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Hi there folks: A while back Dr. Carr showed us some tremendous results with
nonvital bleaching in his TDO program.
Today I had this lady who presented with a lower right central incisor which had
endo (see the digital images where I took the radiograph, put it on a view box,
took my 990 Nikon of the microscope, put it in MACRO ( tulip setting) and then
turned off the lights in the operatory and left the viewbox on and took the shot).
The tooth was done 15 years ago and is asymptomatic despite the short fill.
THe photographs show that I removed some Gutta percha to get it out of the coronal
section of the of the crown.
I place some Etch , Bond and a flowable resin overtop. Then used a walking bleach
of 35% Peroxide ( Superoxyl) and used the laser to heat it up ( Argon). I then put
a temporary in with the very dry pellet in place and will see her in 3 weeks.
I didnt have enough time to get a shade guide out so the pics are as good as you
will get. I will send you them next time when she comes back.
As an aside, if she isnt 100% happy I am gonna put the dedicated bleach for the
laser ( has red crystals in it which absorb the green argon wavelength) to see if
this will help.
I used the Argon for around 40 seconds at 0.6 watts tonight on green wavelength.
Photos courtesy of Glenn - www.rxroots.com
R2 with Radiograph
Pre-Op with Dam
prepped tooth with gutta percha
is for etch
H2 flowable layer 2
Argon ready to fire
Temp in place
Facial view done
N4 Lowest Power
From: Glenn van As
Sent: Saturday, April 28, 2001 6:34 PM
Uzi et al: I apppreciate your constructive criticism regarding my bleaching case.
As a teacher at the University of British Columbia for 10 years in the faculty of
dentistry, I always tried to find something positive first to say about someones
dentistry and then afterwards tried to spend some time discussing how things might
have been improved.
At times I had to stretch with the students by saying things such as...........
"that was a very nice rubber dam"
" the anesthetic was very good in that case".
In dealing with the items I thought could be improved, I always dealt with it in a
professional manner and yet at times I let something slip that I didnt have a chance
to retract. The internet is wonderful in that you can proof your comments prior to
Having said this, the internet can be a wonderful place to hide. Criticism can be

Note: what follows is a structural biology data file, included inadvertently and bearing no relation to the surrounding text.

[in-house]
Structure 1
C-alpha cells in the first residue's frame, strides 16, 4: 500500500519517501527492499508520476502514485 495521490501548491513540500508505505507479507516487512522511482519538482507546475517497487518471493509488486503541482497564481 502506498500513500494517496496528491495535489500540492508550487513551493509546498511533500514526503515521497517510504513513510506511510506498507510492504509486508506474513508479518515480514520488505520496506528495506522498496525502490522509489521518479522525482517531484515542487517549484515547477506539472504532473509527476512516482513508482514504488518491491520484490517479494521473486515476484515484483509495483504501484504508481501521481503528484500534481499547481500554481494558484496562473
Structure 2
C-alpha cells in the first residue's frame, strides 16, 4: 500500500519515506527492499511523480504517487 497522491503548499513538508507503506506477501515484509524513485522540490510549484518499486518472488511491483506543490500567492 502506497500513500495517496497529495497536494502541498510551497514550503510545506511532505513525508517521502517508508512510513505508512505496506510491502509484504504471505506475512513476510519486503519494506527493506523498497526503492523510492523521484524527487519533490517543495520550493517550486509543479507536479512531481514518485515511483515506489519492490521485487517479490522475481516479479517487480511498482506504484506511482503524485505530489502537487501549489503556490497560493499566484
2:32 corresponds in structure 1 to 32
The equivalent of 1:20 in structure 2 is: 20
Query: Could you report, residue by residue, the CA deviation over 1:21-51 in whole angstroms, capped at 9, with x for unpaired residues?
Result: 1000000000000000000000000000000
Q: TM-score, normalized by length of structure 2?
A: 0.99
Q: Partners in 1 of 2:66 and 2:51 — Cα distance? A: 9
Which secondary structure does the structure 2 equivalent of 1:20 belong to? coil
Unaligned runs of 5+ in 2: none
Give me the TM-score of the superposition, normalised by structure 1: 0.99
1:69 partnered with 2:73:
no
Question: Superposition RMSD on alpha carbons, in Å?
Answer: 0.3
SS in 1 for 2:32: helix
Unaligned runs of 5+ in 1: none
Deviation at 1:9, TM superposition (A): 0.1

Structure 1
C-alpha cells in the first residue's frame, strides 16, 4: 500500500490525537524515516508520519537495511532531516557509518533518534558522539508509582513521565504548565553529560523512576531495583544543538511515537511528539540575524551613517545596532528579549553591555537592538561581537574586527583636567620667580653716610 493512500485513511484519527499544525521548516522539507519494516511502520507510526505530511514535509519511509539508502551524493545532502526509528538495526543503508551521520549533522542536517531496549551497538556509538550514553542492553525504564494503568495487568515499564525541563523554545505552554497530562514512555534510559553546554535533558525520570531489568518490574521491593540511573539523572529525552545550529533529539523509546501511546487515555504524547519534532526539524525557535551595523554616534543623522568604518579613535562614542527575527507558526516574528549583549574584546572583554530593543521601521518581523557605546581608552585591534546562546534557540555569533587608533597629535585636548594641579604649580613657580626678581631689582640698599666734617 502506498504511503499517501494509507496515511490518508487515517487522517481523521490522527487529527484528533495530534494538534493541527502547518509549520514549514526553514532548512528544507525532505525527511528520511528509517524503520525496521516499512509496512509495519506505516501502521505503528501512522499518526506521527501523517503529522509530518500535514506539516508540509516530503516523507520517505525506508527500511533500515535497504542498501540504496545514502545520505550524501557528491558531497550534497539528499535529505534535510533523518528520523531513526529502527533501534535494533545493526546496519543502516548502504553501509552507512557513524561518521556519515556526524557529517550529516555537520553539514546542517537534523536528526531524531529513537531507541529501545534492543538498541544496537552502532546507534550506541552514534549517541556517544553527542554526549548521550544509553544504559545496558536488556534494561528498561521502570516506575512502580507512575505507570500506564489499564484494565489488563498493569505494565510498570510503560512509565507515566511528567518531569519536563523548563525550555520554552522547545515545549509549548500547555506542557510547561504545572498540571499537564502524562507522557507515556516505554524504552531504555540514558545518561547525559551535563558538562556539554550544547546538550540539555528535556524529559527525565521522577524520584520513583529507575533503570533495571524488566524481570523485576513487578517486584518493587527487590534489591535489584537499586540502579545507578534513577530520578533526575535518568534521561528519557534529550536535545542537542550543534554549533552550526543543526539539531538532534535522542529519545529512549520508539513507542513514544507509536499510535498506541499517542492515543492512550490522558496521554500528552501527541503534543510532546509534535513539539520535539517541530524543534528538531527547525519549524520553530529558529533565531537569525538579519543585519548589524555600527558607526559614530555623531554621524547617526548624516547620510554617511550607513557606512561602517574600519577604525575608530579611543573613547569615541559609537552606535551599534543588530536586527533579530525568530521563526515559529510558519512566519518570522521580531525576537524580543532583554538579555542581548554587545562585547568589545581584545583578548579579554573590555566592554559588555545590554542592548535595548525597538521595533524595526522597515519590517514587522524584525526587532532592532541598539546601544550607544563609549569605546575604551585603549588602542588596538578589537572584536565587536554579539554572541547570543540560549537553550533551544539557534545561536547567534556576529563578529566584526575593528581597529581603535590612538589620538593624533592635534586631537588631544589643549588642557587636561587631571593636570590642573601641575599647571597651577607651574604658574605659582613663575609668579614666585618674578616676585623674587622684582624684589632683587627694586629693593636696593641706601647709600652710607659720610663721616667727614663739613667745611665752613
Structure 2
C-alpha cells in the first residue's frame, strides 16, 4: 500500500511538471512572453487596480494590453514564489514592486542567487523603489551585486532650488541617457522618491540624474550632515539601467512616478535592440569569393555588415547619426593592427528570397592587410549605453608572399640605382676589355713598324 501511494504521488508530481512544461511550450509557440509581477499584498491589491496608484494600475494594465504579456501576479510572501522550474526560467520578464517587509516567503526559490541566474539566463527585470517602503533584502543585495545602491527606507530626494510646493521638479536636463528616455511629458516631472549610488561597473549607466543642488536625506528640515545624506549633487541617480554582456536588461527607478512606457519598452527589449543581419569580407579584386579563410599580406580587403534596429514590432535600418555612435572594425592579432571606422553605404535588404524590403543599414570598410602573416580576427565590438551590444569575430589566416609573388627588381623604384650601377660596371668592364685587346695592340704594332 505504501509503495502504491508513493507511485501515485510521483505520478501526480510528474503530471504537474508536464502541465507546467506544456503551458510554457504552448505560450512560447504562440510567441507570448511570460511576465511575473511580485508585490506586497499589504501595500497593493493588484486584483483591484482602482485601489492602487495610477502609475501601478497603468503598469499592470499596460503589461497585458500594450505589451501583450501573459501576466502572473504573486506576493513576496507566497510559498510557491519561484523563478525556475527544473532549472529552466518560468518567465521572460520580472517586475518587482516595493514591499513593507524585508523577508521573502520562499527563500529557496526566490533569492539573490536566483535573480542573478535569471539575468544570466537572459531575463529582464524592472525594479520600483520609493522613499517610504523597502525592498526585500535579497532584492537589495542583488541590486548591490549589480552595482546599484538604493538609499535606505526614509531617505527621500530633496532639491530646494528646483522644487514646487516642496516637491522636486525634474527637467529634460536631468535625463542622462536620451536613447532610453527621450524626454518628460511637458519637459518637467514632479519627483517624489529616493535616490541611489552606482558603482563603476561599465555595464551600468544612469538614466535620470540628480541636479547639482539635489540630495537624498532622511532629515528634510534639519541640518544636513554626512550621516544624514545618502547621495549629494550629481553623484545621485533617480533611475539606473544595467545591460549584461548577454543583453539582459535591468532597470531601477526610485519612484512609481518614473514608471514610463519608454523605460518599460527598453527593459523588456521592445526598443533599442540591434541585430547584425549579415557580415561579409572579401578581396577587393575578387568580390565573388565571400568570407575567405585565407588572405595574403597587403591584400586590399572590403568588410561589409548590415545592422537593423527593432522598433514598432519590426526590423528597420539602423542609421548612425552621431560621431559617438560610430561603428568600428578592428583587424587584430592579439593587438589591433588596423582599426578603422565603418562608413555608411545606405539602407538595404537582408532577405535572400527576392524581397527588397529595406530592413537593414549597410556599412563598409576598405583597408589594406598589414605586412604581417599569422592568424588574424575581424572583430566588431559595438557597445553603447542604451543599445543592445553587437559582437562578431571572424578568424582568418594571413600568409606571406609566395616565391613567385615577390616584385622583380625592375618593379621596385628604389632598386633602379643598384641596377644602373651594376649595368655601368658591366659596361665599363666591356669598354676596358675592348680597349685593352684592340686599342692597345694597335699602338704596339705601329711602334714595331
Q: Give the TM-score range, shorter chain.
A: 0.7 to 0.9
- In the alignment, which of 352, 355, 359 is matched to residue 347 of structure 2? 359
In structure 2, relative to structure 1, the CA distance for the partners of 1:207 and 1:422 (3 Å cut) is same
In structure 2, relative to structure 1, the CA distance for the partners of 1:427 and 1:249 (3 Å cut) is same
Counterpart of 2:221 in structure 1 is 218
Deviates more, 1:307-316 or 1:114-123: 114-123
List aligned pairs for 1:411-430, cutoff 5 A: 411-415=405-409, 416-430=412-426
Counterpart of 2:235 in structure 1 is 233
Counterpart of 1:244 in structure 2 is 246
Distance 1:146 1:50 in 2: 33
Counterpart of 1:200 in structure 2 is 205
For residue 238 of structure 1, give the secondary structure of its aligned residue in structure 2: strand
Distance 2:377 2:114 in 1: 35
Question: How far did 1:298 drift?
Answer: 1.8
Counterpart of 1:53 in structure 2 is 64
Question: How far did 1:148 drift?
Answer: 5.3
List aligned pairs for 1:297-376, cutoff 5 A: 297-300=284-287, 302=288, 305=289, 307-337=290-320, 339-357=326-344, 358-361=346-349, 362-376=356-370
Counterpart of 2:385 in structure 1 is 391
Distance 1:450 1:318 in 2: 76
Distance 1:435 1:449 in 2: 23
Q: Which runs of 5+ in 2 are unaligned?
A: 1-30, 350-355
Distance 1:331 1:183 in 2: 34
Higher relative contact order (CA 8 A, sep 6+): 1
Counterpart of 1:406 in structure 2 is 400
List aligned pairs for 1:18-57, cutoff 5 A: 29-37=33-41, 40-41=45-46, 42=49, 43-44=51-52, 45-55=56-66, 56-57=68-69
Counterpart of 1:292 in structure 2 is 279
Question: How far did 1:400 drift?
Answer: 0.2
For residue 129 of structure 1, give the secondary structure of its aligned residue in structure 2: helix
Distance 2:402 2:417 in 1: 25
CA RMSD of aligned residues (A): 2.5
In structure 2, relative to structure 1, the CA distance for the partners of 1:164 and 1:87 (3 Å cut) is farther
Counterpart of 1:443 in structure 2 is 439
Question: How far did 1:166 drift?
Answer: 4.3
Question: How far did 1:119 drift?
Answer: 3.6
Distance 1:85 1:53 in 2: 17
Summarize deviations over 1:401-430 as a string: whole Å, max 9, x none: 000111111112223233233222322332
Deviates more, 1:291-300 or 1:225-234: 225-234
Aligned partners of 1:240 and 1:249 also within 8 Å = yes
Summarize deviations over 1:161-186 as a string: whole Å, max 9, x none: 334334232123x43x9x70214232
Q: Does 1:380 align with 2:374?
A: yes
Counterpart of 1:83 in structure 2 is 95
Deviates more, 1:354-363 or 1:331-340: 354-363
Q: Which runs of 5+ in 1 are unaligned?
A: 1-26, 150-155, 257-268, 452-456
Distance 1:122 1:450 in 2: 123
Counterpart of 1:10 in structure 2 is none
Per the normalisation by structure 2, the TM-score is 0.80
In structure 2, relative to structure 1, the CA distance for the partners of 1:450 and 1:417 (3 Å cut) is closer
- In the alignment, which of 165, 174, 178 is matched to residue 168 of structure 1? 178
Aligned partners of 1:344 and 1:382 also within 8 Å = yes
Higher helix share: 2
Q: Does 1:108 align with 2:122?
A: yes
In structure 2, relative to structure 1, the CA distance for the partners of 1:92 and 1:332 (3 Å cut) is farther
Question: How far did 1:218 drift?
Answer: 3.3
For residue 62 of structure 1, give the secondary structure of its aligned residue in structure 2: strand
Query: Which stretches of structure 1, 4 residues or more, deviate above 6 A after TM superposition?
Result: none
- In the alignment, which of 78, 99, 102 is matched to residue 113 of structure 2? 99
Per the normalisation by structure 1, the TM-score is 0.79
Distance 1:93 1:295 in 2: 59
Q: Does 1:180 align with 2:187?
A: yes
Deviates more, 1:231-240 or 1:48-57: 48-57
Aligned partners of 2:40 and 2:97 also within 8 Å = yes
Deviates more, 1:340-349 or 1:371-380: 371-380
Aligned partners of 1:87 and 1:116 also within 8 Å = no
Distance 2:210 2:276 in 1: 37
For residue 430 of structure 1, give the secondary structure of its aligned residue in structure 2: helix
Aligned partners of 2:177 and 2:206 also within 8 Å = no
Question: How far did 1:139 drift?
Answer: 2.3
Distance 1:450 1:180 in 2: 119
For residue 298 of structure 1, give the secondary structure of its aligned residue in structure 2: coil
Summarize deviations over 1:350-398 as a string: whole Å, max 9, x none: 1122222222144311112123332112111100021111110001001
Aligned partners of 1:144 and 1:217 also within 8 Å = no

levied without second thoughts, and some people chose to say things that they would
never say to another person face to face.
I have always mentioned that I am here to learn, am willing to take constructive
criticism and am happy to post my cases for review, and I even like it better when
someone criticizes my case and supports their argument with clinical cases. I think
we always should strive to be positive in our dealings with eachother, otherwise it
will become a situation where soon, few will post any cases unless they are absolutely
sure that their case is beyond reproach. I love for instance that Dr. Rick Swartz who
is a marvellous practitioner, posts a case where he asks for help (CaOH case) and
shows us a case in which things didnt work out as anticipated ( regardless of why).
I wont point fingers at anyone but the choice of words in a post should keep in mind
that we are all students here, willing to learn and improve and that all of us have
varying skill levels.
I appreciated your choice of words Uzi and how you approached the discussion choosing
your words carefully.
I wish everyone was so careful in their posts.........
From: Benjamin Schein
Sent: Sunday, April 29, 2001 7:26 AM
Glenn, you are as gifted with words as you are with images. I assure you that
everybodys attempt to criticize is constructive. We some times may sound sharp or edgy
but it is with the best intentions. For example Fred and I are always
discussing different angles of the same issue, and to some people it may sound as
quarreling or bitter fighting. I do however like Fred a whole lot and respect him
more. I know he feels similarly about me. - Ben
Dear Glenn: many thanks for your comment. When I post a reply I always try to look
for the positive points in every case. You are very well right when you feel that
undue criticism may cut off the will to post cases unless, as you mention, beyond
reproach. However, the same as you, I feel that I am a privileged student to be
together with a group of such gifted endodontists and dentists who are general
practitioners or specialists in other areas. It is unbelievale the thrust that this
forum has given me in my practice, I have had the opportunity of viewing beatiful
cases that encompass every aspect of the dental profession, go back to my cases and
analyze them to find out why is it that some cases just dont seem to look right. I
have seen cases that otherwise would be hidden under the desk so nobody would point a
finger at us and making nasty comments about our ability. If you look at Sashi's cases
you can imagine also how his drive has induced him to post beautiful cases, very nice
photography etc, and he is practicing in an environment which most of us are asking
ourselves how the hell does he manage?
In any event. I hope to see your postings and may tell you that envy you a lot.
(In the good sense as Dr. Schein has mentioned). I wish I could have all the new
technology in my hands at least to be able to play with it and decide afterwards if it
is worth it or not, but still have a first hand impression.
My congratulations once again - Uzi